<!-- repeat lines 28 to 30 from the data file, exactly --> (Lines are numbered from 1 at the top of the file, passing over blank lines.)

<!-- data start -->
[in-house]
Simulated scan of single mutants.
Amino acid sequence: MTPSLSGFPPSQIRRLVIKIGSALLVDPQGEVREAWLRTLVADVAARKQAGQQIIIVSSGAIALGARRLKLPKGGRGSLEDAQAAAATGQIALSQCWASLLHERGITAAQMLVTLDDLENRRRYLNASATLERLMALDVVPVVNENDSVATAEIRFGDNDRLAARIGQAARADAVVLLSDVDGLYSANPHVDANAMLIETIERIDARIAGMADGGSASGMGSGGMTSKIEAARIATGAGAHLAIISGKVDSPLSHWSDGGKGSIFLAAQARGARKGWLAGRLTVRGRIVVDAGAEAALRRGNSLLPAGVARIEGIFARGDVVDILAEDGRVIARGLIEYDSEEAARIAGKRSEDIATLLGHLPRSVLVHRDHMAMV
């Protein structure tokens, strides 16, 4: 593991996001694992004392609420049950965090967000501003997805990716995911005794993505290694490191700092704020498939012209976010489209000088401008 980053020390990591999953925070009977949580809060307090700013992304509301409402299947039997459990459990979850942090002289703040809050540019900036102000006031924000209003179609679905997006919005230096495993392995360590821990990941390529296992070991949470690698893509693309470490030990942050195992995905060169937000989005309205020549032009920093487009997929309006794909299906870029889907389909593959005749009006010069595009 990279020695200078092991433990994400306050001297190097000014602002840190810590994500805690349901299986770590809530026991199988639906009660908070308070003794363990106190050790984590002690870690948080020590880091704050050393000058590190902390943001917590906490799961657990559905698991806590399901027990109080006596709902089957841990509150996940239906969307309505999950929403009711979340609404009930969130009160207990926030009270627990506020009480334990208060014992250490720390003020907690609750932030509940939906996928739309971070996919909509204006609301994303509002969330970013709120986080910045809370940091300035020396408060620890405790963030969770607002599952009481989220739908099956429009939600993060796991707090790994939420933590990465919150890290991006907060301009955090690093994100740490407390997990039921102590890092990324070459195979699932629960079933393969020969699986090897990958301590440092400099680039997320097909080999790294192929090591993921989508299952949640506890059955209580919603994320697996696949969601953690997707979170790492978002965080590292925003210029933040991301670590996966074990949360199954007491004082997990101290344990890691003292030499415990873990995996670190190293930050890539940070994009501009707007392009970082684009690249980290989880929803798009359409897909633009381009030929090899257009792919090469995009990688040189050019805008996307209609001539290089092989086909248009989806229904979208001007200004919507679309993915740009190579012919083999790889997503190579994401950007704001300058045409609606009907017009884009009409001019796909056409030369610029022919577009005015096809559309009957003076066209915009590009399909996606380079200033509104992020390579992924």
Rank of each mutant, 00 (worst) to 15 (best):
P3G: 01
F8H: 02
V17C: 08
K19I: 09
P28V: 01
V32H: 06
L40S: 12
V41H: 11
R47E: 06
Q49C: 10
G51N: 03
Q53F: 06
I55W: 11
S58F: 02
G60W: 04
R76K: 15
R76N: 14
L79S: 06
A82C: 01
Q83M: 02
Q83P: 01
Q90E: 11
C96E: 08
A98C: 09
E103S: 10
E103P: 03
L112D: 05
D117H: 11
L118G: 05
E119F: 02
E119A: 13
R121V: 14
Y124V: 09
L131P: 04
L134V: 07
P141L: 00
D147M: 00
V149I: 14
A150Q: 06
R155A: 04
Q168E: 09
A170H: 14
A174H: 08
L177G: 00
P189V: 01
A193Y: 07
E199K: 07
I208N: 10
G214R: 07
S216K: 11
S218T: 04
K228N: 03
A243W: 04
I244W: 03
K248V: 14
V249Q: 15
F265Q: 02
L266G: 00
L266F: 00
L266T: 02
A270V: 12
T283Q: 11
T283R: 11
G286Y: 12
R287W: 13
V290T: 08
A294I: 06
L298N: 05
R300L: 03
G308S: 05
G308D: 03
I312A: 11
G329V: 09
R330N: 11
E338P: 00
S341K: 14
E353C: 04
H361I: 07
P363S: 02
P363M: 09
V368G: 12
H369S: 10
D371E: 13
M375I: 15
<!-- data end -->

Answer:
C96E: 08
A98C: 09
E103S: 10